Death Knell Tolls For G8, New Body Seen Forming
Saturday, 11 July 2009

World leaders signalled the demise of the Group of Eight wealthy nation club on Friday, saying only a forum that included the major developing economies could legitimately take important global decisions.

The G8 is made up of wealthy northern hemisphere countries, but problems such as global warming and the economic crisis have revealed its limitations.

"One thing that is absolutely true is that for us to think we can somehow deal with some of these global challenges in the absence of major powers like China, India and Brazil seems to be wrongheaded," U.S. President Barack Obama told reporters.

The G8, made up of the United States, Japan, Germany, France, Britain, Italy, Russia and Canada, has increasingly embraced other countries in recent years.

During its annual summit in central Italy this week it met with the leaders of China, India, Brazil, Mexico, South Africa and Egypt, spontaneously forming the so-called G14.

Prime Minister Silvio Berlusconi said he thought this new grouping would become the dominant international talking shop.

"As far as I am concerned the G14 is the format that in the future will have the best possibility to take the most important decisions on the world economy, and not just that," he said.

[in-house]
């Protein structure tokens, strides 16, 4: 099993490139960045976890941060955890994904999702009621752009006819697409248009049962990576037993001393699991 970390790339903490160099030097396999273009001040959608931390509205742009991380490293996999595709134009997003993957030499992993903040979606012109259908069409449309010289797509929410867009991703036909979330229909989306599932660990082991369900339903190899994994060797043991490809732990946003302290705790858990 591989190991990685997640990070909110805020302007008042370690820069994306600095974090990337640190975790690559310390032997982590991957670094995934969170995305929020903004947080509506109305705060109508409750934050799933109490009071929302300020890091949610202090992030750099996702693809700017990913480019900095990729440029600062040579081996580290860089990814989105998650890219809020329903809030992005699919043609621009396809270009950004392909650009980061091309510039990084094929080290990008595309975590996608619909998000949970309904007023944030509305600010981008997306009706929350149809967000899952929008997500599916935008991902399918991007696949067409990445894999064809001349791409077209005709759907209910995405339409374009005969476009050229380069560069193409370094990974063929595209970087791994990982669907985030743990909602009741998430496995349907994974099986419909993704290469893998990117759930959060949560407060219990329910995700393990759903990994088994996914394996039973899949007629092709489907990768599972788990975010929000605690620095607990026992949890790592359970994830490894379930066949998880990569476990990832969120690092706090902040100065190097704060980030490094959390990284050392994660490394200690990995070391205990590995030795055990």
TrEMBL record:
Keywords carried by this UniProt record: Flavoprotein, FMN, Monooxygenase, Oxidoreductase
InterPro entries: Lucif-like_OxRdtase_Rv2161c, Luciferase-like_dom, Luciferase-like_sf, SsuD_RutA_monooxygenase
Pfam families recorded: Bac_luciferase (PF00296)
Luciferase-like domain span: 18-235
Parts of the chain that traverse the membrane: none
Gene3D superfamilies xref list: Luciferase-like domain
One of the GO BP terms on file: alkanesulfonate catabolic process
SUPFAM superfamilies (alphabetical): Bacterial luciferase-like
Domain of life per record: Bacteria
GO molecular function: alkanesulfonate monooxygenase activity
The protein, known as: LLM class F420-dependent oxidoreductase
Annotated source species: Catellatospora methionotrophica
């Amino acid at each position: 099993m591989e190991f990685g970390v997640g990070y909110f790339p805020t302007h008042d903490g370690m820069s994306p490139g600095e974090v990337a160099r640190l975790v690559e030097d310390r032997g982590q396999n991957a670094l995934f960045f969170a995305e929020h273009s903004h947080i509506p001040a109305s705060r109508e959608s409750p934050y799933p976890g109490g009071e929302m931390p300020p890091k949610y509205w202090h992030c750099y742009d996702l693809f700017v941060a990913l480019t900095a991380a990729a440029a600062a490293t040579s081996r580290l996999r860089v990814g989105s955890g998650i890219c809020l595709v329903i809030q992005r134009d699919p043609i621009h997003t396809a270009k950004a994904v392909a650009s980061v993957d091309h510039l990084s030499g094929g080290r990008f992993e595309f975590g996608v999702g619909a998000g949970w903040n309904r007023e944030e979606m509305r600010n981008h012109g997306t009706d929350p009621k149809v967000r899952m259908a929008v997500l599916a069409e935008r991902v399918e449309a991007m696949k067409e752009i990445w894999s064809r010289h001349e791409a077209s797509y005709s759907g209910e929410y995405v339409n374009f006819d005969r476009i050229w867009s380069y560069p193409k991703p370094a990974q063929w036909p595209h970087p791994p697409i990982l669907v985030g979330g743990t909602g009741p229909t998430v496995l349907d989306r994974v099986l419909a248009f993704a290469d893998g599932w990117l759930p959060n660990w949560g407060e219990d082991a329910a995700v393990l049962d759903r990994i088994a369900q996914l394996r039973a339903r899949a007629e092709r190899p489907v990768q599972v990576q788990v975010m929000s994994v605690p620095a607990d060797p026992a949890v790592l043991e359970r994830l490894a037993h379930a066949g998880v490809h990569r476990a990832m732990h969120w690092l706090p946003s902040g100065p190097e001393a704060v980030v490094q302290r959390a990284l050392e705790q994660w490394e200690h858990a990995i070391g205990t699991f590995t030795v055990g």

French President Nicolas Sarkozy also backed the G14, which represents roughly 80 percent of the global economy.

"We will put the G14 in place in 2011 when France chairs the G8," he told reporters.


Canada, which takes the G8 chair next year, said it would try to create a broader forum, but added that it wanted to see the wealthy nation club survive -- a hope echoed by German Chancellor Angela Merkel.

"There are issues, for which the G8 is the appropriate body in our view," she said.

Also jostling for prominence on the world stage is the much broader G20, which came to the fore last year to tackle the financial crisis.

Merkel said she thought this would be a crucial body in the future and expected a decision within the next year.

But Berlusconi said it was too unwieldy.

"When more than 15 people sit around a table you have a problem with discussions and debate. There isn't the possibility for direct contact or to interrupt, so it becomes formal and static," he said.

The wealthy nations' club was created by France in 1975, involving at that stage just six countries, and was seen as a chance for leaders to hold informal fireside chats.

It subsequently evolved into the G7 then the G8, becoming a massive logistical operation in the process drawing thousands of officials, aides and journalists. Other major international summits have also sprung up to involve more countries.

"We are in a transition period," Obama said on Friday. "The one thing I will be looking forward to are fewer summit meetings ... I think there is a possibility to streamline them and make them more effective."


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